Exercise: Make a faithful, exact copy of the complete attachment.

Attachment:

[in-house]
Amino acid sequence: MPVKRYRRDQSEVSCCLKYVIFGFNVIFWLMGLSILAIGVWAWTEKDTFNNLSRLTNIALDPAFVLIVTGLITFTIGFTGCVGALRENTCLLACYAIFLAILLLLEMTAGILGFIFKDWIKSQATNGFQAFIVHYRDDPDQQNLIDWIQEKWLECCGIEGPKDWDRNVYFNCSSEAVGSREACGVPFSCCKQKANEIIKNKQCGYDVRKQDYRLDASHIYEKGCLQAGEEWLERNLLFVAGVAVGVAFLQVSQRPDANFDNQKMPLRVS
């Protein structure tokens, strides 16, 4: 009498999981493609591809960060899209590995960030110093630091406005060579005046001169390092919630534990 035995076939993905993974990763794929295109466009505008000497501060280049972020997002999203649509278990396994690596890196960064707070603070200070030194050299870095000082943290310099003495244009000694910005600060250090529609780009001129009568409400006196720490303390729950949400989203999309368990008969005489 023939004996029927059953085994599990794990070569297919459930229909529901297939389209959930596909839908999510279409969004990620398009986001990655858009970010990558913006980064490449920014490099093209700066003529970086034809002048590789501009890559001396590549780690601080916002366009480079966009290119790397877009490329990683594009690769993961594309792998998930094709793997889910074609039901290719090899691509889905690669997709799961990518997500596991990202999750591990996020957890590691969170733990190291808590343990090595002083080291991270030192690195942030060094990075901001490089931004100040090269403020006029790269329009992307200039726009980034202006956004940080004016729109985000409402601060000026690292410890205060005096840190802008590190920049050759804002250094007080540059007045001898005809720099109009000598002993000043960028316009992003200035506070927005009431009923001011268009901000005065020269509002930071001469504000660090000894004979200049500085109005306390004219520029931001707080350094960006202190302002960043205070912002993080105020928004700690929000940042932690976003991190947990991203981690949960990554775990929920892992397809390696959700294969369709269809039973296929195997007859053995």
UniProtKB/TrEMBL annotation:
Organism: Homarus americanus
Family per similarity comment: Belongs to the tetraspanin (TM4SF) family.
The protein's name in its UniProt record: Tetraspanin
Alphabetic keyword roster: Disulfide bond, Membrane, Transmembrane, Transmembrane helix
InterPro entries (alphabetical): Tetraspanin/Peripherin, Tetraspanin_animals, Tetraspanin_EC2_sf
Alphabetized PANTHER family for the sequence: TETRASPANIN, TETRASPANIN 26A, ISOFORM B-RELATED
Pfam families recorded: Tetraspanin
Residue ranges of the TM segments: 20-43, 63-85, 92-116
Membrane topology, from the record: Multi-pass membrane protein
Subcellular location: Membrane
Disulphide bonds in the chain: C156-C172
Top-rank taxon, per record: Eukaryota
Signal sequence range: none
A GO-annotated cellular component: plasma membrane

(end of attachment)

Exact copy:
[in-house]
Amino acid sequence: MPVKRYRRDQSEVSCCLKYVIFGFNVIFWLMGLSILAIGVWAWTEKDTFNNLSRLTNIALDPAFVLIVTGLITFTIGFTGCVGALRENTCLLACYAIFLAILLLLEMTAGILGFIFKDWIKSQATNGFQAFIVHYRDDPDQQNLIDWIQEKWLECCGIEGPKDWDRNVYFNCSSEAVGSREACGVPFSCCKQKANEIIKNKQCGYDVRKQDYRLDASHIYEKGCLQAGEEWLERNLLFVAGVAVGVAFLQVSQRPDANFDNQKMPLRVS
């Protein structure tokens, strides 16, 4: 009498999981493609591809960060899209590995960030110093630091406005060579005046001169390092919630534990 035995076939993905993974990763794929295109466009505008000497501060280049972020997002999203649509278990396994690596890196960064707070603070200070030194050299870095000082943290310099003495244009000694910005600060250090529609780009001129009568409400006196720490303390729950949400989203999309368990008969005489 023939004996029927059953085994599990794990070569297919459930229909529901297939389209959930596909839908999510279409969004990620398009986001990655858009970010990558913006980064490449920014490099093209700066003529970086034809002048590789501009890559001396590549780690601080916002366009480079966009290119790397877009490329990683594009690769993961594309792998998930094709793997889910074609039901290719090899691509889905690669997709799961990518997500596991990202999750591990996020957890590691969170733990190291808590343990090595002083080291991270030192690195942030060094990075901001490089931004100040090269403020006029790269329009992307200039726009980034202006956004940080004016729109985000409402601060000026690292410890205060005096840190802008590190920049050759804002250094007080540059007045001898005809720099109009000598002993000043960028316009992003200035506070927005009431009923001011268009901000005065020269509002930071001469504000660090000894004979200049500085109005306390004219520029931001707080350094960006202190302002960043205070912002993080105020928004700690929000940042932690976003991190947990991203981690949960990554775990929920892992397809390696959700294969369709269809039973296929195997007859053995």
UniProtKB/TrEMBL annotation:
Organism: Homarus americanus
Family per similarity comment: Belongs to the tetraspanin (TM4SF) family.
The protein's name in its UniProt record: Tetraspanin
Alphabetic keyword roster: Disulfide bond, Membrane, Transmembrane, Transmembrane helix
InterPro entries (alphabetical): Tetraspanin/Peripherin, Tetraspanin_animals, Tetraspanin_EC2_sf
Alphabetized PANTHER family for the sequence: TETRASPANIN, TETRASPANIN 26A, ISOFORM B-RELATED
Pfam families recorded: Tetraspanin
Residue ranges of the TM segments: 20-43, 63-85, 92-116
Membrane topology, from the record: Multi-pass membrane protein
Subcellular location: Membrane
Disulphide bonds in the chain: C156-C172
Top-rank taxon, per record: Eukaryota
Signal sequence range: none
A GO-annotated cellular component: plasma membrane